Make Tenant Adapt Insurance Coverage to Changing Circumstances
Sadly, public violence has escalated in the past few years, with attacks in workplaces, entertainment venues, and malls. Regardless of the security measures you take to prevent or deal with violent attacks occurring on your property, some things will always be out of your control. From time to time, you should check to make sure your insurance policies provide adequate coverage. That’s still not enough, however. You should require your tenants to always maintain adequate coverage as well. But if your lease with a tenant doesn’t secure your right to boost the tenant’s insurance coverage, you might not be able to force it to adjust the coverage—leaving you vulnerable.
Don’t Overlook the Obvious
In most cases, owners list the tenant’s minimum insurance requirements in the lease. They might not consider the fact that as new risks and challenges arise, tenants may need to buy new types of insurance and increase their policy limits. In light of the endless number of catastrophes, known and unknown, that tenants in your office building or shopping center could face, it’s important that you give yourself the right during the lease term to require the tenant to buy new or additional insurance and increase coverage when necessary.
Owners often overlook the obvious reasons for increasing insurance coverage. So when you’re negotiating for the tenant to adjust its coverage, make sure that these key instances trigger your right:
Tenant’s use or manner of use of space changes. If you’ve let a tenant change the use or manner of use of the space, it’s appropriate to ask that tenant to ensure that the new venture is adequately covered. For example, if, midway through the lease, a gym in your center decides to add a rock-climbing wall, you should ask that tenant to make sure that it has considered and provided coverage for the risks associated with that activity. Otherwise, if someone gets hurt and the tenant isn’t properly insured, the injured person might look to you to cover the cost of medical bills and any other damages.
Your lender requires more insurance. It’s not uncommon for a bank to ask an owner to increase its insurance coverage and to make its tenants do the same. But if you can’t persuade your tenant to increase its coverage and the lease doesn’t address it, your financing might be in jeopardy.
Coverage minimums increase. Coverage minimums are somewhat unpredictable and can increase at any time. And if the increases are based on new legal requirements, you won’t have a choice about whether to increase your tenant’s insurance coverage.
For example, when your tenant signed its lease, insurance industry standards may have called for owners in your area to require mid-size tenants to carry a certain dollar amount in commercial general liability insurance. But after a stronger than normal hurricane season, or a spike in violent crime, the coverage requirements could increase substantially. Without the right to make the tenant increase its coverage, you risk the liability being passed on to you.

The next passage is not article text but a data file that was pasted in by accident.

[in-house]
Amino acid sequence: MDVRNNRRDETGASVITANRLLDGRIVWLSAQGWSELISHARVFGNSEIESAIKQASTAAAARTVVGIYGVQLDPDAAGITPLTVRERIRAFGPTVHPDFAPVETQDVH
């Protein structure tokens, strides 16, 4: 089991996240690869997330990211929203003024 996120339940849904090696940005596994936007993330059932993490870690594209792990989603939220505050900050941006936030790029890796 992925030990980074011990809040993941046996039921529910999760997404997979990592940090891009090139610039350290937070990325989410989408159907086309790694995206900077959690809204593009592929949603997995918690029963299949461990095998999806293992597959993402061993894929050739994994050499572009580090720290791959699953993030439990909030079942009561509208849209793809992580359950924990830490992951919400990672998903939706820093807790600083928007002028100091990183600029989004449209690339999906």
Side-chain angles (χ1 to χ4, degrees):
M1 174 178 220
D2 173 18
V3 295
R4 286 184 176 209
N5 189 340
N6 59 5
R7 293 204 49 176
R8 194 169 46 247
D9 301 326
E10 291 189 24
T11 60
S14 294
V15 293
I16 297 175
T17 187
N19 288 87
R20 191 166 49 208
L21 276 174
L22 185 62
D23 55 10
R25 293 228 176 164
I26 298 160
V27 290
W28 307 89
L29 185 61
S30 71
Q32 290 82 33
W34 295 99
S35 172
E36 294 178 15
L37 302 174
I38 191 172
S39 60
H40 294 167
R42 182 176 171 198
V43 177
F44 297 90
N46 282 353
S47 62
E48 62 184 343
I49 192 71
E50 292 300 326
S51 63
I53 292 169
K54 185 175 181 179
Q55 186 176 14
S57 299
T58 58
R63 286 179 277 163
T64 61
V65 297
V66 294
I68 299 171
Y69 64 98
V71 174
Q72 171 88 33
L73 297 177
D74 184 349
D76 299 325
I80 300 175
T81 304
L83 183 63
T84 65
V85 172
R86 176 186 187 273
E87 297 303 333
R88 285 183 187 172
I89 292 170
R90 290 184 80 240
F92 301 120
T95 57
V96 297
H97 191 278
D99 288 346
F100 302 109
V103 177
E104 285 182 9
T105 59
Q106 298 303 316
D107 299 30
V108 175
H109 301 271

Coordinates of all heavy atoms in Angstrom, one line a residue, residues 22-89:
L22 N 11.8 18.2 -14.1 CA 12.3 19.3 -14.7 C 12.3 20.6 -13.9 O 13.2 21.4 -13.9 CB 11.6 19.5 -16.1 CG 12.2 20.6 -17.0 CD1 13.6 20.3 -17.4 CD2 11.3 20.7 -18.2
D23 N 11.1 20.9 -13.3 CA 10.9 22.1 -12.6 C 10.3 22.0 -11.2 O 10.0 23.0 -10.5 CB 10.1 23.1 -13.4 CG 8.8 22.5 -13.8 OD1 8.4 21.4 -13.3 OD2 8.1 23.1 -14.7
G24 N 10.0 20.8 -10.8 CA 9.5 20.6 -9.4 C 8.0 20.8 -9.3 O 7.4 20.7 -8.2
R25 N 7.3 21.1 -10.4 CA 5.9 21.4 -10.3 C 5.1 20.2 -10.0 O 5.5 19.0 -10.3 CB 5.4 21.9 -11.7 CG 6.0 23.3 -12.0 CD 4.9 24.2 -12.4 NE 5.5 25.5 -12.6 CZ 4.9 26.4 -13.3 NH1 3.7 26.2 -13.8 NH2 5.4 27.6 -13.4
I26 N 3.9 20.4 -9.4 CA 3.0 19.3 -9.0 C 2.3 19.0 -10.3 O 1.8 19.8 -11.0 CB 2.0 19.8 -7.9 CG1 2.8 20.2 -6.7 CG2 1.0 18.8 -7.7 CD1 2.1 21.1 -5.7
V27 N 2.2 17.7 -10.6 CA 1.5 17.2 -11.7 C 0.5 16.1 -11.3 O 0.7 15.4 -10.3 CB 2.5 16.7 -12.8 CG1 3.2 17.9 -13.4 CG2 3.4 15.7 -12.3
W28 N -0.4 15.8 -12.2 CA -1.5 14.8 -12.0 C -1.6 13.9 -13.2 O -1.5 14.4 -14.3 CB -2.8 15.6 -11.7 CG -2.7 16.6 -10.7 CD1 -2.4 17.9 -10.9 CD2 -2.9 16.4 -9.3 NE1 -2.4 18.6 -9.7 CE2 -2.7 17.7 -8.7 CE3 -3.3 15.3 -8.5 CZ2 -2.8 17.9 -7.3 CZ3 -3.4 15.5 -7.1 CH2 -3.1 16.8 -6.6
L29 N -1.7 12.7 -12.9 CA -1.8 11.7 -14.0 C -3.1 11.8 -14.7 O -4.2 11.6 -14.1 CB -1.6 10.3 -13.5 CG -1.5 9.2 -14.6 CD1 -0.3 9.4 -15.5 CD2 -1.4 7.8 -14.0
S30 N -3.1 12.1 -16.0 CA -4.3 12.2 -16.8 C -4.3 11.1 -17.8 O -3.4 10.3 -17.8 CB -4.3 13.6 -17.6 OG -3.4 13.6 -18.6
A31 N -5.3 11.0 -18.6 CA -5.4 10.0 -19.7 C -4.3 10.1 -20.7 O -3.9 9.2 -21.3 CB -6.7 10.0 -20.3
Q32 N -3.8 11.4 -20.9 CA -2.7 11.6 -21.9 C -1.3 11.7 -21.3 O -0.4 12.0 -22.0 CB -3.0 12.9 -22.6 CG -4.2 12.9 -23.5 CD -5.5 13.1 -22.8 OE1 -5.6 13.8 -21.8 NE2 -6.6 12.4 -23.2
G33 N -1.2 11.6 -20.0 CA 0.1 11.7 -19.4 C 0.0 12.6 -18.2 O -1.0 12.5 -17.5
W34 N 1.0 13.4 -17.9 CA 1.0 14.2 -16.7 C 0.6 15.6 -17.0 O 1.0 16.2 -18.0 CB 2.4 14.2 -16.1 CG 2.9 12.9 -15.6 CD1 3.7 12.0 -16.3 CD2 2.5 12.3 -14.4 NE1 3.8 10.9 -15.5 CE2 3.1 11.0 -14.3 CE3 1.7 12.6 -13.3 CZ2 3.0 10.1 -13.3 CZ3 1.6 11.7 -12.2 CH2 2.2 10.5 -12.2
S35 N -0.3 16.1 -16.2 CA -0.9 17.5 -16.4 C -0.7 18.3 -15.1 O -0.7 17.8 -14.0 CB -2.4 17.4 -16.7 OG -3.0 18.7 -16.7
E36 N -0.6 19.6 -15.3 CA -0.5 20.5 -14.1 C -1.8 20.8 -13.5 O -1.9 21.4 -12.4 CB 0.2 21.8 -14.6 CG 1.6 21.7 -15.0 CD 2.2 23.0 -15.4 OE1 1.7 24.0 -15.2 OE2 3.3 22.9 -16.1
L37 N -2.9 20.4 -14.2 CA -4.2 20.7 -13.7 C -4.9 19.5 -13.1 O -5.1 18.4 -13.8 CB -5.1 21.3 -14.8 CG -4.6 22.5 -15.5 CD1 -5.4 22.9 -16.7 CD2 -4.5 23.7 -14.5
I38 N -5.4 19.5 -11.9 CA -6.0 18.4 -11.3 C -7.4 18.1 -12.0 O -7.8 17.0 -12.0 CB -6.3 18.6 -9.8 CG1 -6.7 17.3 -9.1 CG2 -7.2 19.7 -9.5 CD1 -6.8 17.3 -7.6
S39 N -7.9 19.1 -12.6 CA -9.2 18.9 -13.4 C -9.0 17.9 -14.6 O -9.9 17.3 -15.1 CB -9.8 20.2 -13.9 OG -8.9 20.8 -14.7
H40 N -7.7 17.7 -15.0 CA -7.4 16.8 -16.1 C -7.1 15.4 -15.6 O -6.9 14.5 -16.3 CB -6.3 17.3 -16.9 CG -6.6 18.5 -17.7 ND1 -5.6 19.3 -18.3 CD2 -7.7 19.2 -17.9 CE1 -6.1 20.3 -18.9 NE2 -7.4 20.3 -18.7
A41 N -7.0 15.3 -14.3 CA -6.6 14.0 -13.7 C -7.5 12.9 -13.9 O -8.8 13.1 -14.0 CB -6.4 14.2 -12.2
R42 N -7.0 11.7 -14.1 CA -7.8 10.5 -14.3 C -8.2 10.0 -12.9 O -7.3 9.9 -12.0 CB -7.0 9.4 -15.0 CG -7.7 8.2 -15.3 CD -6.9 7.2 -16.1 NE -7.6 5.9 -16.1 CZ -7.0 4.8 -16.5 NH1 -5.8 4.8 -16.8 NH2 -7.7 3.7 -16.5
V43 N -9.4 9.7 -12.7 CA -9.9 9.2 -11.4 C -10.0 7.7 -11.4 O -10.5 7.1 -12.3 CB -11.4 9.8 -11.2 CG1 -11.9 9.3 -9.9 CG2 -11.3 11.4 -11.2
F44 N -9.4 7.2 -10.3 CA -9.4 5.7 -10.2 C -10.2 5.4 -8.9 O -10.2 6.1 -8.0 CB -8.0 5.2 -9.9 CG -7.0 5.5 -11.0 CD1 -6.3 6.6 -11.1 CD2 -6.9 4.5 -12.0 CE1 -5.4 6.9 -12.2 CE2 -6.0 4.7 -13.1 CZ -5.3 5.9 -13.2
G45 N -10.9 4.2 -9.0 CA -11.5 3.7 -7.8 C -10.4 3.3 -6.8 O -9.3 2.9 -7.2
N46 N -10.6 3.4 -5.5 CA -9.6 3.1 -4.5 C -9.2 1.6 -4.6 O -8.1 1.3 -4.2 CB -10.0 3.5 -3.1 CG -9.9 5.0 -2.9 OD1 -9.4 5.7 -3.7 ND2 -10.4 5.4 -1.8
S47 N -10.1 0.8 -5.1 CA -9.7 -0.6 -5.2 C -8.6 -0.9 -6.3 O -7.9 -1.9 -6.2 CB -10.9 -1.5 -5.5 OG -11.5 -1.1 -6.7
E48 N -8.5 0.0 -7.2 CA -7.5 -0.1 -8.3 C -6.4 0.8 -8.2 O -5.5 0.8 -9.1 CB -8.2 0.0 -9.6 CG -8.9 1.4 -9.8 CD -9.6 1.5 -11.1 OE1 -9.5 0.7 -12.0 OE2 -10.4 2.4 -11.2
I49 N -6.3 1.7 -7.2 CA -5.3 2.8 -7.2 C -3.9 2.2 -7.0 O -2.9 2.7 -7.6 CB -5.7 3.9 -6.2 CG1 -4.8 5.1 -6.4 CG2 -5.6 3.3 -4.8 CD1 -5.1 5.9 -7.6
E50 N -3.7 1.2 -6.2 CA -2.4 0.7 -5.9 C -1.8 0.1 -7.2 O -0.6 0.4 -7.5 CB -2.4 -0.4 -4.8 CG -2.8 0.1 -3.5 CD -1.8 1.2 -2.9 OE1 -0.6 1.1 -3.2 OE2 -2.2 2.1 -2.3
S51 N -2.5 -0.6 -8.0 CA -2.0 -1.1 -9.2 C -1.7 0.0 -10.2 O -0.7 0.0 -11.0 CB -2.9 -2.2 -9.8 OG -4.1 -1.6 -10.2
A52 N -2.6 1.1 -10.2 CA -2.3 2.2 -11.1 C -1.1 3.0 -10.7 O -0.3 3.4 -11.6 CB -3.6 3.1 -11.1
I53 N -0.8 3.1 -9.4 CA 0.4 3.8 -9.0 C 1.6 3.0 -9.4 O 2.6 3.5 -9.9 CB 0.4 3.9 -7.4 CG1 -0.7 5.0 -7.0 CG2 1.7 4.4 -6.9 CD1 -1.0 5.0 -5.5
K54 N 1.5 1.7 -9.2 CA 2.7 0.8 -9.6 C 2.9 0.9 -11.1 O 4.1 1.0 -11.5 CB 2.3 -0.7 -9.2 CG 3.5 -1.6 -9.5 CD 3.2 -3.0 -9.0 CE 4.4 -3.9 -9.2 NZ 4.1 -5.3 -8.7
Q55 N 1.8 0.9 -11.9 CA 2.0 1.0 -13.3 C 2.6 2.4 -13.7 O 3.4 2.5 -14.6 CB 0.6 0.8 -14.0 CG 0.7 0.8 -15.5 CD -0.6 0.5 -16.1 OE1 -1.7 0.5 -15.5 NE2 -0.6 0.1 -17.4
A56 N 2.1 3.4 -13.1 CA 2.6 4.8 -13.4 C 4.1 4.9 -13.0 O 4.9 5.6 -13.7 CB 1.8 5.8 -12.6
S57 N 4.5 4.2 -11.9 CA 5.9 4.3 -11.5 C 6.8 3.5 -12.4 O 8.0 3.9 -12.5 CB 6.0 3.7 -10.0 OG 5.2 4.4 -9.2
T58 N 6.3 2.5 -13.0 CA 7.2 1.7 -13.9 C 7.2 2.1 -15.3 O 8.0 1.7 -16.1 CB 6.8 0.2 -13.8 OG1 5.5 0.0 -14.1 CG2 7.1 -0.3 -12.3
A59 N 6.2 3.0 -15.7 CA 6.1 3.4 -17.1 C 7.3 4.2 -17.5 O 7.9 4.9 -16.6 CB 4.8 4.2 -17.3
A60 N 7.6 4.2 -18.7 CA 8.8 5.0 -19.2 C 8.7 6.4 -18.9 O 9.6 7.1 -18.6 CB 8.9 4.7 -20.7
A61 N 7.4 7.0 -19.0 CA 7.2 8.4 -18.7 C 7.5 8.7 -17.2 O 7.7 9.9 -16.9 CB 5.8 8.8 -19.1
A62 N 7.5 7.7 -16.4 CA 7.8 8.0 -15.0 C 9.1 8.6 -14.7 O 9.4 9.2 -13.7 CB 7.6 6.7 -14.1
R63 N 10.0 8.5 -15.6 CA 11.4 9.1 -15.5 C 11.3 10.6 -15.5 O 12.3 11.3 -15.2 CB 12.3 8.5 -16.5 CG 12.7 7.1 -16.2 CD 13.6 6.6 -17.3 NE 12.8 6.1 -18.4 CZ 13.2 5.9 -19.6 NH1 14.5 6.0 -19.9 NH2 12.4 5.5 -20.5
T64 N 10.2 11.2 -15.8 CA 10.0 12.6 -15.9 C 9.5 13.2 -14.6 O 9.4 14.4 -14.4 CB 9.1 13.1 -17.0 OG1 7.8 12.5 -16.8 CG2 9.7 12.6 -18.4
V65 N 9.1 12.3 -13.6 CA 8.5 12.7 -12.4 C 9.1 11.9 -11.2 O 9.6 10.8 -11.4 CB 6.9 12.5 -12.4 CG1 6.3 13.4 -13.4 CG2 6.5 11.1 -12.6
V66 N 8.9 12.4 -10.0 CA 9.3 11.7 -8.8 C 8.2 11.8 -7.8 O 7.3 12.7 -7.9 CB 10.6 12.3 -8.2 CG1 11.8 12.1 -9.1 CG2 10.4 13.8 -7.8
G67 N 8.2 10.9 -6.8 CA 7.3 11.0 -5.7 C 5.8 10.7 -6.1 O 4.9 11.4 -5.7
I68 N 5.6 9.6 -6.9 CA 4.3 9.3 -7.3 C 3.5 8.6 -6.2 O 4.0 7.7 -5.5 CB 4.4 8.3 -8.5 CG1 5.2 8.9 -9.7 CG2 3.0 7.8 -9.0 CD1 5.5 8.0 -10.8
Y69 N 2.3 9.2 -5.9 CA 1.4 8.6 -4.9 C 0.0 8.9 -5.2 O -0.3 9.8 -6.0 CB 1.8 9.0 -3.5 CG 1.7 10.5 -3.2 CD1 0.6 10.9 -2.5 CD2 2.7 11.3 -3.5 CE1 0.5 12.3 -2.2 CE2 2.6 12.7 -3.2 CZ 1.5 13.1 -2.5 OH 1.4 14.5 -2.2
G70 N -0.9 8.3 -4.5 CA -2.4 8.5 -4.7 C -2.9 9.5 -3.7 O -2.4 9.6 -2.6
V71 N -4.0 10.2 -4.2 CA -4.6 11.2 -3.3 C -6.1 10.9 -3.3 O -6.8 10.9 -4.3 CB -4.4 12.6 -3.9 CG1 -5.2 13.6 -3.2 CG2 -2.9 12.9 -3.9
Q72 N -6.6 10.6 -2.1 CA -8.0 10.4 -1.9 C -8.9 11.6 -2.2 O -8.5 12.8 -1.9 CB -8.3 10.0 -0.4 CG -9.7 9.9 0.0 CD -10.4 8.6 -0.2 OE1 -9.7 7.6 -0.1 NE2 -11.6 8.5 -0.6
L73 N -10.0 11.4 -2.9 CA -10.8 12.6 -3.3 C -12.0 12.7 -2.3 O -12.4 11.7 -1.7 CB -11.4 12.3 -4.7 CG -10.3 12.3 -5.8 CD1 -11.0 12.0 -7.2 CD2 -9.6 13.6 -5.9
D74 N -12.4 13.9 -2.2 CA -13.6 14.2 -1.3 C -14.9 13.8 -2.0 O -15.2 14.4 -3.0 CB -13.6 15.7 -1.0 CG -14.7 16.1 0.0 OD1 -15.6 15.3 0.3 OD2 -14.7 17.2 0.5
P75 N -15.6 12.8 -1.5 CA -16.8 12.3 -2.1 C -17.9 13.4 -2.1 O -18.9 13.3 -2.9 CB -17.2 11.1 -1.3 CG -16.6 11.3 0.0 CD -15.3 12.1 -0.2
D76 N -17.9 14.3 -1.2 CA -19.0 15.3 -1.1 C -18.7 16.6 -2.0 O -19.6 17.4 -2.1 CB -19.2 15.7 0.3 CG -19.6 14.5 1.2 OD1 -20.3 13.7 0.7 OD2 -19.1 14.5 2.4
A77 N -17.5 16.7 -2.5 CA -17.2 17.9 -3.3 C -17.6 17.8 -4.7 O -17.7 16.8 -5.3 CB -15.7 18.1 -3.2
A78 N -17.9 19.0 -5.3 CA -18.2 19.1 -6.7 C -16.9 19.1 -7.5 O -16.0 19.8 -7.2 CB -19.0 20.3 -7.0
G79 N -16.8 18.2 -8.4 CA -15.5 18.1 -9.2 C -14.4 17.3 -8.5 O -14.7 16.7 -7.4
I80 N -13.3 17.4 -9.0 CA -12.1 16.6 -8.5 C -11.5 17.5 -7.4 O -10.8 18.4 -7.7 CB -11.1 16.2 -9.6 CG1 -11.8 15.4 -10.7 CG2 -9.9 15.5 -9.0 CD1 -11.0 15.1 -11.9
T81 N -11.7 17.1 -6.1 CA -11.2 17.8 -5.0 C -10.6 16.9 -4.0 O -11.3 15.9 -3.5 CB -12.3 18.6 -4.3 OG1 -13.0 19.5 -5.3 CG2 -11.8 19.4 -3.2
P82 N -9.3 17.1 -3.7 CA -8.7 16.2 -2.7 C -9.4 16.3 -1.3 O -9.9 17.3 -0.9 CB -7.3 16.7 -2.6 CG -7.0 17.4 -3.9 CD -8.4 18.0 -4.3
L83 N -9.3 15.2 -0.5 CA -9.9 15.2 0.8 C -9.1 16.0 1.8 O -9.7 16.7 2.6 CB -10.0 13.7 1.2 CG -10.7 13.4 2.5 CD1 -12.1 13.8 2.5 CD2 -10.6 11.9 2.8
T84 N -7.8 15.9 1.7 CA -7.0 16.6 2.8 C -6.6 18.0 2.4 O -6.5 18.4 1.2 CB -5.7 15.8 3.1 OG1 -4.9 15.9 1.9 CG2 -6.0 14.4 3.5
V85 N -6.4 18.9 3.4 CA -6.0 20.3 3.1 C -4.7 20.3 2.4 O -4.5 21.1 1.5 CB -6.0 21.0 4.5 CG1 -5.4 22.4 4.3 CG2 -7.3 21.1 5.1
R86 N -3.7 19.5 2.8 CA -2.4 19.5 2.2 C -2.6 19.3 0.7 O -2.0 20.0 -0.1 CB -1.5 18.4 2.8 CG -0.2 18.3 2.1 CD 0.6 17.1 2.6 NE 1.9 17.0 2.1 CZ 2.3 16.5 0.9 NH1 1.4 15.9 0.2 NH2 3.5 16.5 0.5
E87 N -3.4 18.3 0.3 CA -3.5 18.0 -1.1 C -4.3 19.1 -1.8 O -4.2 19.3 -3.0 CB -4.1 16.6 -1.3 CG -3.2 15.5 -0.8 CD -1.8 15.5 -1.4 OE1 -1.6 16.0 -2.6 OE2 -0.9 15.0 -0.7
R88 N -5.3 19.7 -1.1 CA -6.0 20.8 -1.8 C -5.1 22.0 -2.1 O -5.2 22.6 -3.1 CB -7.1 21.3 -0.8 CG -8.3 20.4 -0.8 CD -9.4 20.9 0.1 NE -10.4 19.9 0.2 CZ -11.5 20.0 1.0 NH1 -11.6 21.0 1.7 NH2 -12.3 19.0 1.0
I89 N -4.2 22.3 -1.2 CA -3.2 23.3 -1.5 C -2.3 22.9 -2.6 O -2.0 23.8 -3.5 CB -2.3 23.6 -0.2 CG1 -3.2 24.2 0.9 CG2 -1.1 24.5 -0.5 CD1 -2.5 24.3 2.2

New types of coverage become available. As business and technology advance, so do the needs for insurance. For example, if you signed a lease with a tenant 25 years ago, you had no idea at the time that one day a business would need “e-commerce insurance” to cover against losses resulting from someone hacking into its computer network or intentionally shutting down its computer systems.
Even though it might seem unlikely that this scenario could affect you, consider this: If you don’t have the ability to make your tenant get this (or any type) of new insurance and it faces a technical emergency like the one mentioned above, that tenant won’t be able to conduct business—so it might not be able to pay you.
Carve Out Right
Even if the need never arises, you’ll be much better off giving yourself the right to make the tenant buy new insurance or increase its coverage when necessary. Initially, you should start with a more aggressive approach. Give yourself the right to make the tenant buy new insurance or increase its coverage whenever you or your lender thinks it’s necessary. To do this, ask your attorney about including this language in your lease’s insurance clause:
Model Lease Language
Landlord shall have the right, exercisable in its sole judgment at any time by giving proper written notice thereof to Tenant, to require Tenant to:
(1) Increase the limit and coverage amount of any insurance Tenant is required to maintain pursuant to this Clause to an amount that Landlord, any superior mortgagee, or any superior landlord may, in its sole judgment, deem sufficient; or
(2) Purchase other insurance and/or endorsements in such amounts or types as Landlord, any superior mortgagee, or any superior landlord may require from time to time.
However, you should be prepared for pushback. If your tenant resists because it feels that you’re requiring it to spend money when it isn’t necessary, stick with the same lease language, but make some compromises.
First, agree that you’ll be reasonable when deciding if there’s a need for new insurance or increased coverage. This might not completely satisfy the tenant, but it will at least give the impression that you’re being fair. Second, review coverage periodically. Agree to review your tenant’s insurance at certain agreed-upon intervals and require the tenant to purchase new insurance or increase coverage if necessary. And link a demand for increased coverage to a change in use or manner of use.